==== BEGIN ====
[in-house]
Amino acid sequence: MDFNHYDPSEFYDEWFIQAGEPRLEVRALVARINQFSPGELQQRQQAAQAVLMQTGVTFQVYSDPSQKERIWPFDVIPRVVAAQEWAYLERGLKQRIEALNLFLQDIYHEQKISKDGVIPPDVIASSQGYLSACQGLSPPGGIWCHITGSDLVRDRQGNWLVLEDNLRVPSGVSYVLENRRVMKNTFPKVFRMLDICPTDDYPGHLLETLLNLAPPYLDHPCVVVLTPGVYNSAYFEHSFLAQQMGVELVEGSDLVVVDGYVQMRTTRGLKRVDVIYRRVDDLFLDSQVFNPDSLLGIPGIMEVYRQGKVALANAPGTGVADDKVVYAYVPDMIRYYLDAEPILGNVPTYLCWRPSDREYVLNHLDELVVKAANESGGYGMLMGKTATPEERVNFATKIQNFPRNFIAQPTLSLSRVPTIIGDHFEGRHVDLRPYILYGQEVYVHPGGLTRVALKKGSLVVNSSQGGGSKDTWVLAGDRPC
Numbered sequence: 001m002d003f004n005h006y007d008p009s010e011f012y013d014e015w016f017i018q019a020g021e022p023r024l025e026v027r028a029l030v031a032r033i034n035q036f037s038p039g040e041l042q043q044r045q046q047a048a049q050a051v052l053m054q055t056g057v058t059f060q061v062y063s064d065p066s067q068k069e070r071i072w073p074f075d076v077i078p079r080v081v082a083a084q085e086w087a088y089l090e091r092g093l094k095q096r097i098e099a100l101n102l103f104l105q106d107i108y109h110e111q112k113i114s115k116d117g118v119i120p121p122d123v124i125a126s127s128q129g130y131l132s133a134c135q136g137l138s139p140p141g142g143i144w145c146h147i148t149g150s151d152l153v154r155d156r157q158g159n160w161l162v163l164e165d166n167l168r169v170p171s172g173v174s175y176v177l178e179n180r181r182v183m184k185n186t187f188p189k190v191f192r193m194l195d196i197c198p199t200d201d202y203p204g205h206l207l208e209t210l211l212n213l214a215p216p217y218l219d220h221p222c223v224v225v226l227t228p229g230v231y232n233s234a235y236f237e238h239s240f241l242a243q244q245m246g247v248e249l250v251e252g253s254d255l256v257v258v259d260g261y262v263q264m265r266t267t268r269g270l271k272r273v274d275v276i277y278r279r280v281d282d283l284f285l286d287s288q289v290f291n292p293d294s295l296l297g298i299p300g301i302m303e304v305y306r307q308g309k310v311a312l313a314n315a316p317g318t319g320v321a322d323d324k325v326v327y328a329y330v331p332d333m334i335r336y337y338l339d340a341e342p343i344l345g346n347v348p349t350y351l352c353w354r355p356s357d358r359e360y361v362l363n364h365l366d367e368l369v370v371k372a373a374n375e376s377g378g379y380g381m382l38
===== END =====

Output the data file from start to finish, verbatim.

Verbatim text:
[in-house]
Amino acid sequence: MDFNHYDPSEFYDEWFIQAGEPRLEVRALVARINQFSPGELQQRQQAAQAVLMQTGVTFQVYSDPSQKERIWPFDVIPRVVAAQEWAYLERGLKQRIEALNLFLQDIYHEQKISKDGVIPPDVIASSQGYLSACQGLSPPGGIWCHITGSDLVRDRQGNWLVLEDNLRVPSGVSYVLENRRVMKNTFPKVFRMLDICPTDDYPGHLLETLLNLAPPYLDHPCVVVLTPGVYNSAYFEHSFLAQQMGVELVEGSDLVVVDGYVQMRTTRGLKRVDVIYRRVDDLFLDSQVFNPDSLLGIPGIMEVYRQGKVALANAPGTGVADDKVVYAYVPDMIRYYLDAEPILGNVPTYLCWRPSDREYVLNHLDELVVKAANESGGYGMLMGKTATPEERVNFATKIQNFPRNFIAQPTLSLSRVPTIIGDHFEGRHVDLRPYILYGQEVYVHPGGLTRVALKKGSLVVNSSQGGGSKDTWVLAGDRPC
Numbered sequence: 001m002d003f004n005h006y007d008p009s010e011f012y013d014e015w016f017i018q019a020g021e022p023r024l025e026v027r028a029l030v031a032r033i034n035q036f037s038p039g040e041l042q043q044r045q046q047a048a049q050a051v052l053m054q055t056g057v058t059f060q061v062y063s064d065p066s067q068k069e070r071i072w073p074f075d076v077i078p079r080v081v082a083a084q085e086w087a088y089l090e091r092g093l094k095q096r097i098e099a100l101n102l103f104l105q106d107i108y109h110e111q112k113i114s115k116d117g118v119i120p121p122d123v124i125a126s127s128q129g130y131l132s133a134c135q136g137l138s139p140p141g142g143i144w145c146h147i148t149g150s151d152l153v154r155d156r157q158g159n160w161l162v163l164e165d166n167l168r169v170p171s172g173v174s175y176v177l178e179n180r181r182v183m184k185n186t187f188p189k190v191f192r193m194l195d196i197c198p199t200d201d202y203p204g205h206l207l208e209t210l211l212n213l214a215p216p217y218l219d220h221p222c223v224v225v226l227t228p229g230v231y232n233s234a235y236f237e238h239s240f241l242a243q244q245m246g247v248e249l250v251e252g253s254d255l256v257v258v259d260g261y262v263q264m265r266t267t268r269g270l271k272r273v274d275v276i277y278r279r280v281d282d283l284f285l286d287s288q289v290f291n292p293d294s295l296l297g298i299p300g301i302m303e304v305y306r307q308g309k310v311a312l313a314n315a316p317g318t319g320v321a322d323d324k325v326v327y328a329y330v331p332d333m334i335r336y337y338l339d340a341e342p343i344l345g346n347v348p349t350y351l352c353w354r355p356s357d358r359e360y361v362l363n364h365l366d367e368l369v370v371k372a373a374n375e376s377g378g379y380g381m382l38